UPDATE, Tuesday, February 25: Just in time for Mardi Gras, French Quarter has softly opened in downtown Boston. Dinner only is on now through Sunday, March 1, before the upstart takes two days off; it reopens with lunch and dinner daily on Wednesday, March 4. Check out the opening menus at the bottom of this post.
If a trip to New Orleans sounds like a nice way to brighten your Boston winter—well, maybe a jaunt to Downtown Crossing will do. Because chef Paul Sussman is preparing to open French Quarter, a Big Easy-inspired restaurant, and the inaugural menu—shared here first—is packed with gumbo, BBQ shrimp, crab meat-topped fried catfish, and other Crescent City signatures.
“It’s the kind of food I’m comfortable with: hearty, with big flavors,” says Sussman, who will open French Quarter at 545 Washington Street, just steps away from his other, American-cookout concept, Back Deck.
Although several generally Southern restaurants have cropped up in Boston in recent years, spots that specifically identify as New Orleans-rooted—culling ideas from the city’s native Creole and Cajun traditions—are still “underrepresented,” Sussman says. One particularly notable entry in the category is Buttermilk & Bourbon, a Back Bay restaurant from chef Jason Santos. But while Santos, a blue-haired food TV vet, tends to put his own quirky spins on New Orleans staples, Sussman is interested in hewing more closely to the classics.
“Jason’s a great chef, but those are his interpretations,” Sussman says. “I’m not as interested as I might have once been in putting my own stamp on things.” That said, he doesn’t want to refer to his renditions as “authentic”: “Everyone has a different idea of what that really means.”
At least we can all probably agree that the current offerings sound quite craveable. French Quarter will be open for dinner and lunch. The menu features small plates such as maque choux, a creamy stew of corn, pepper and tomatoes; seafood-heavy mains that include shrimp etouffee, blackened salmon with a Cajun mustard sauce, and crawfish with linguine; and desserts like bananas foster and bourbon pecan pie.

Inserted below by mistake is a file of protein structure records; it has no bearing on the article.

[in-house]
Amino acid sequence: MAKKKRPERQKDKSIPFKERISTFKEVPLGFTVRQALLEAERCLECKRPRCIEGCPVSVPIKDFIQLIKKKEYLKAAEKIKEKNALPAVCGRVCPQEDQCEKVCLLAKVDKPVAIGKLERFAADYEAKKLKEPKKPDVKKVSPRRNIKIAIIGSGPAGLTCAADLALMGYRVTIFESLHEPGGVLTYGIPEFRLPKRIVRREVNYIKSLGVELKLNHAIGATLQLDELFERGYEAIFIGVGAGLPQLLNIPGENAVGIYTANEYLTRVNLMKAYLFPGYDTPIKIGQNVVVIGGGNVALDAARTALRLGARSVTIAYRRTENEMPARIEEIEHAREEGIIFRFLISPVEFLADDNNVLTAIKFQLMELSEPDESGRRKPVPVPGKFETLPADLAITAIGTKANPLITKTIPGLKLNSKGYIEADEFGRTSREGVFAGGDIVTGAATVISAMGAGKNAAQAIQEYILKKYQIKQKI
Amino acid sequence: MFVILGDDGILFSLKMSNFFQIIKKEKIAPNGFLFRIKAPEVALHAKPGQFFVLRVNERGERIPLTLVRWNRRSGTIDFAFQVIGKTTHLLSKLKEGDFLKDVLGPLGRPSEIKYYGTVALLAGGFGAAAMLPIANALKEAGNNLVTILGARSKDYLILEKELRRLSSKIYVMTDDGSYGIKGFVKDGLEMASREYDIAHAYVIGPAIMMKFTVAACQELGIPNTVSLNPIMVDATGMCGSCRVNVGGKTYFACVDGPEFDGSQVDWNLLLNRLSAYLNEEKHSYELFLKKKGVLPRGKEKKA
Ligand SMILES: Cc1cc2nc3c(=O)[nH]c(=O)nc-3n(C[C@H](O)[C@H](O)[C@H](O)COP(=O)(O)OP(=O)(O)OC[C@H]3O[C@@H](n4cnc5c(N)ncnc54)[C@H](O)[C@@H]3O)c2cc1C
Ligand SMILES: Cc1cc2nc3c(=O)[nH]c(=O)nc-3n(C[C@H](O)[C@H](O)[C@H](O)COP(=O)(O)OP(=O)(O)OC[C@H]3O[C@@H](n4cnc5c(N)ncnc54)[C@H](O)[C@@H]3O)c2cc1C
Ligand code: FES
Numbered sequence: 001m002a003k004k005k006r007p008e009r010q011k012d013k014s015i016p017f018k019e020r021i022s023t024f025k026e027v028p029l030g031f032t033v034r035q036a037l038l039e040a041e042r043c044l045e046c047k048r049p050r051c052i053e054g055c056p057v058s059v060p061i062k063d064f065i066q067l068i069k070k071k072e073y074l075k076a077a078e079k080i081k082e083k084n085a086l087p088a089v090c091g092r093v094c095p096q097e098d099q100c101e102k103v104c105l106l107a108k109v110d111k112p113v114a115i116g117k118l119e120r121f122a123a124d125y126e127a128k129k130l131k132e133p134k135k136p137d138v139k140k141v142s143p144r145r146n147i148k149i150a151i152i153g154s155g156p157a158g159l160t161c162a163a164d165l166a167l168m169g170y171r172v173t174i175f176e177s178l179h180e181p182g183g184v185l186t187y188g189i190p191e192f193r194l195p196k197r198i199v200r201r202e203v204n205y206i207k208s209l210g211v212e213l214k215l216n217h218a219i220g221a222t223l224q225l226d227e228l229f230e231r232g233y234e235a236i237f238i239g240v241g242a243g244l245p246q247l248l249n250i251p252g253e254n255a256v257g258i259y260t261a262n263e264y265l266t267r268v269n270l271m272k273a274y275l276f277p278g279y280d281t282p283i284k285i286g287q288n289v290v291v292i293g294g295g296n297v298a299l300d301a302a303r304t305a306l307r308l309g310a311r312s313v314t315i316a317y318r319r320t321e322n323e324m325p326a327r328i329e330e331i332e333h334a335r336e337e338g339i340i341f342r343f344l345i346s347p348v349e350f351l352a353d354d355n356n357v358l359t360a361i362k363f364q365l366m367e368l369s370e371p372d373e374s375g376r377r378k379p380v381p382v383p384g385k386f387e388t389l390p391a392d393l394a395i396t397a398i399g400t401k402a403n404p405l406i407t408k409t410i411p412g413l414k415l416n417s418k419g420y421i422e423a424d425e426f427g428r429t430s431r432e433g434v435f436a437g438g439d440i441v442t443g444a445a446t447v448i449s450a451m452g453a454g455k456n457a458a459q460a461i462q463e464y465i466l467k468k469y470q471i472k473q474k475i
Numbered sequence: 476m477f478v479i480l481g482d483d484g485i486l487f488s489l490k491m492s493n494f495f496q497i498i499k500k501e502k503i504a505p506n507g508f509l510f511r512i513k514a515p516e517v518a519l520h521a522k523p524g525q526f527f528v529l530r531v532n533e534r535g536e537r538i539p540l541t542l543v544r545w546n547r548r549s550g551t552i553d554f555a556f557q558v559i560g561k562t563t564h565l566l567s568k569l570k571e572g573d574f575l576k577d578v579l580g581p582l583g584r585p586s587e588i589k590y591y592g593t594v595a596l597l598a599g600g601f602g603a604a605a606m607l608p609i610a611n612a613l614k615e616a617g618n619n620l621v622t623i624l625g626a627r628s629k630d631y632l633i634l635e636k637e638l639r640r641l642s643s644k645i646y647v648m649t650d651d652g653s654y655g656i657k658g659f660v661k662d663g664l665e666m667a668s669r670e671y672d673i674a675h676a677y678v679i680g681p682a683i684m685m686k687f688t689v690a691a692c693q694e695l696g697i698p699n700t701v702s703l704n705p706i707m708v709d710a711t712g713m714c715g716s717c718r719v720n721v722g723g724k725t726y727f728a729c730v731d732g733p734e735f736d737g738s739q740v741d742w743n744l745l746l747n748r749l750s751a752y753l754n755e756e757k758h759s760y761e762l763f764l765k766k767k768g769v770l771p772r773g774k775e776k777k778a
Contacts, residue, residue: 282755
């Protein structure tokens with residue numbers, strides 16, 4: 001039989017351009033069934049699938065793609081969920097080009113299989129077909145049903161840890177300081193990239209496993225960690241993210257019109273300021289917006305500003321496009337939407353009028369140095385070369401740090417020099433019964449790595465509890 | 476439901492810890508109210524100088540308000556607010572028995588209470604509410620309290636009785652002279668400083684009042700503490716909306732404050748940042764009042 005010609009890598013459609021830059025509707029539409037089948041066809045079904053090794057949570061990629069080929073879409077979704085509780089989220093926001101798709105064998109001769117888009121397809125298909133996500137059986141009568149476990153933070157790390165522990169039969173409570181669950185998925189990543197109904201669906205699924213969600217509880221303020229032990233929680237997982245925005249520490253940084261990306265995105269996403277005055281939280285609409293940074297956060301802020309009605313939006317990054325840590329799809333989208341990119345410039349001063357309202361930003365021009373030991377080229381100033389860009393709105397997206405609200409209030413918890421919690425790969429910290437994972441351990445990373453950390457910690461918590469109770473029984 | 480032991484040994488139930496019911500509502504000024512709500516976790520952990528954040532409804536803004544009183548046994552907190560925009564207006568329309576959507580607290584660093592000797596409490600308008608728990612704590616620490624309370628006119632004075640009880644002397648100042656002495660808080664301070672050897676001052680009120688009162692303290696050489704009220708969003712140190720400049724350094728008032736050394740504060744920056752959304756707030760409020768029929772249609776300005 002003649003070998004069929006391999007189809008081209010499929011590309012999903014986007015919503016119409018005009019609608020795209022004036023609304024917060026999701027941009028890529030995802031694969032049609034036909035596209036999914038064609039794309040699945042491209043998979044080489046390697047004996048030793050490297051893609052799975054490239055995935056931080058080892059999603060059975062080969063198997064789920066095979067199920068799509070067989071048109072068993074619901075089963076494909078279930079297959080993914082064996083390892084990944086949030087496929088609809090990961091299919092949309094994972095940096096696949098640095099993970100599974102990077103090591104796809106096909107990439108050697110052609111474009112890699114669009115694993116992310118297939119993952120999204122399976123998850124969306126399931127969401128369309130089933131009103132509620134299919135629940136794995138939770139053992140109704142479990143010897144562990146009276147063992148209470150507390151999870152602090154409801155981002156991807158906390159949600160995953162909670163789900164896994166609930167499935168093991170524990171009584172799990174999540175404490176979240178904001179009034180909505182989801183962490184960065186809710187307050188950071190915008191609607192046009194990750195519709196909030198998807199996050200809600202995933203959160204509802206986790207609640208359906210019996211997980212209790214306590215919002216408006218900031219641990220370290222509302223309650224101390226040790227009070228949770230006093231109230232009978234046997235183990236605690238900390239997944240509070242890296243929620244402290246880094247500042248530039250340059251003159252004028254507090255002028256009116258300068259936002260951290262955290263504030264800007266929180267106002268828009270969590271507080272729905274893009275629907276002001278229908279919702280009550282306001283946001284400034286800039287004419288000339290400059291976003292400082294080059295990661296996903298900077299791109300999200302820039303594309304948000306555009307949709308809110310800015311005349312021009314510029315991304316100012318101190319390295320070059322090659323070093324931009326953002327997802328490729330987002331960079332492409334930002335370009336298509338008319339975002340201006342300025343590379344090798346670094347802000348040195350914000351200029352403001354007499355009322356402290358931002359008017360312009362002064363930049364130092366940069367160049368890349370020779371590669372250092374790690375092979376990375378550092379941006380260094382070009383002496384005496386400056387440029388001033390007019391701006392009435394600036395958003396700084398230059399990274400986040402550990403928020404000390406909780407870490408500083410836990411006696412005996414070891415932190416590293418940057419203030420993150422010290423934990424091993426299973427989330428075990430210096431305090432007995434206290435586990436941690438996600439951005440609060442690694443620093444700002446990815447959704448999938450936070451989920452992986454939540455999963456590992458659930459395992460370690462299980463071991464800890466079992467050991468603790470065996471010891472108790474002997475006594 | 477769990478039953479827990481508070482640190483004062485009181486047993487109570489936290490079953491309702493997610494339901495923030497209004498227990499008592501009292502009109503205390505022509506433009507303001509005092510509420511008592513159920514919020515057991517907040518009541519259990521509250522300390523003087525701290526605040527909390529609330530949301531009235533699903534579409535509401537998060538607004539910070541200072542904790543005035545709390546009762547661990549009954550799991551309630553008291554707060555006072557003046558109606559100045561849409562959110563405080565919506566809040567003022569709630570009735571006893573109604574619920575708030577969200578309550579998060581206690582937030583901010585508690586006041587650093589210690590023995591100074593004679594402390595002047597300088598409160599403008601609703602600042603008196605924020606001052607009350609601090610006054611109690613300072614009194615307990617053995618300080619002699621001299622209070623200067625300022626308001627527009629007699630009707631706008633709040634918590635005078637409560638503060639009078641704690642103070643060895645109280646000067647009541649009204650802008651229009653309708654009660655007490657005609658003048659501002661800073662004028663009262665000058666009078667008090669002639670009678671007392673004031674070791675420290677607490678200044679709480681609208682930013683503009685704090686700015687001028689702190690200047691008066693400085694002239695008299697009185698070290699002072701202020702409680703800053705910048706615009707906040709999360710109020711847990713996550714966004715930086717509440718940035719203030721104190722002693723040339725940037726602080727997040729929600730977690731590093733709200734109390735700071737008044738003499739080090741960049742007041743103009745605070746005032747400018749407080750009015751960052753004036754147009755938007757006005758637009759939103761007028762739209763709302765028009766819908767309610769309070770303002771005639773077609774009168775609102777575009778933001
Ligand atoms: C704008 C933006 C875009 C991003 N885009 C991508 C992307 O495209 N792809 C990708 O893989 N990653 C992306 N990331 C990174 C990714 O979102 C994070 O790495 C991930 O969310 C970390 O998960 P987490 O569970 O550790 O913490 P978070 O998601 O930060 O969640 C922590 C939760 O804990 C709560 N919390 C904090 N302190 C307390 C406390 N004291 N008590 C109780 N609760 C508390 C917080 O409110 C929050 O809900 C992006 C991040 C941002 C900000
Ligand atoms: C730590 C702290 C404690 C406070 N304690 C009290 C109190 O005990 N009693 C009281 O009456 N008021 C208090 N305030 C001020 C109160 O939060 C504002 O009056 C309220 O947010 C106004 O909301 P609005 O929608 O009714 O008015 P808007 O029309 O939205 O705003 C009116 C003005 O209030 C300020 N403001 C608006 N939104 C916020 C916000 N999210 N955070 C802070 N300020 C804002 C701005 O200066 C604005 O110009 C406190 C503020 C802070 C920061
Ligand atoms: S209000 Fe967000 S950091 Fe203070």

The lunchtime lineup cherrypicks some plates from the dinner menu, but adds a slew of sandwiches—from fried oyster-, chicken-, or catfish-based po’ boys, to the meaty muffuletta. Sussman plans to debut weekend brunch down the line, by augmenting the lunch menu with breakfast specials. And considering French Quarter’s Theater District address between the Opera House and Paramount Center, Sussman hasn’t ruled out some pre- or post-theater specials, either.
French Quarter, which takes over the space that formerly belonged to Italian restaurant Salvatore’s, will get a new look from Assembly Design Studio—the same interiors firm behind a number of eye-catching Boston restaurants, most relevantly Buttermilk & Bourbon and Bootleg Special, a South End destination for Southern-style seafood boils. Sussman doesn’t want to give away too many details, but expect lots of reclaimed wood, fleur-de-lis floor tile, an impressive chandelier, and other antique furnishings in a 110-seat dining room. That capacity includes a 25-seat bar backed by an exposed brick wall, where Sussman’s son Isaac, the beverage director at beloved Trina’s Starlite Lounge in Somerville, will design a cocktail menu focused on New Orleans favorites like the Hurricane—as well as Bayou State craft beers, pending availability.
Is your appetite sufficiently whet? If not, check out the menus below.
545 Washington St., Boston, 617-542-5555, frenchquarterboston.com.
Source URL: https://www.bostonmagazine.com/restaurants/2019/12/04/french-quarter-boston-menus/
Copyright ©2020 Boston Magazine unless otherwise noted.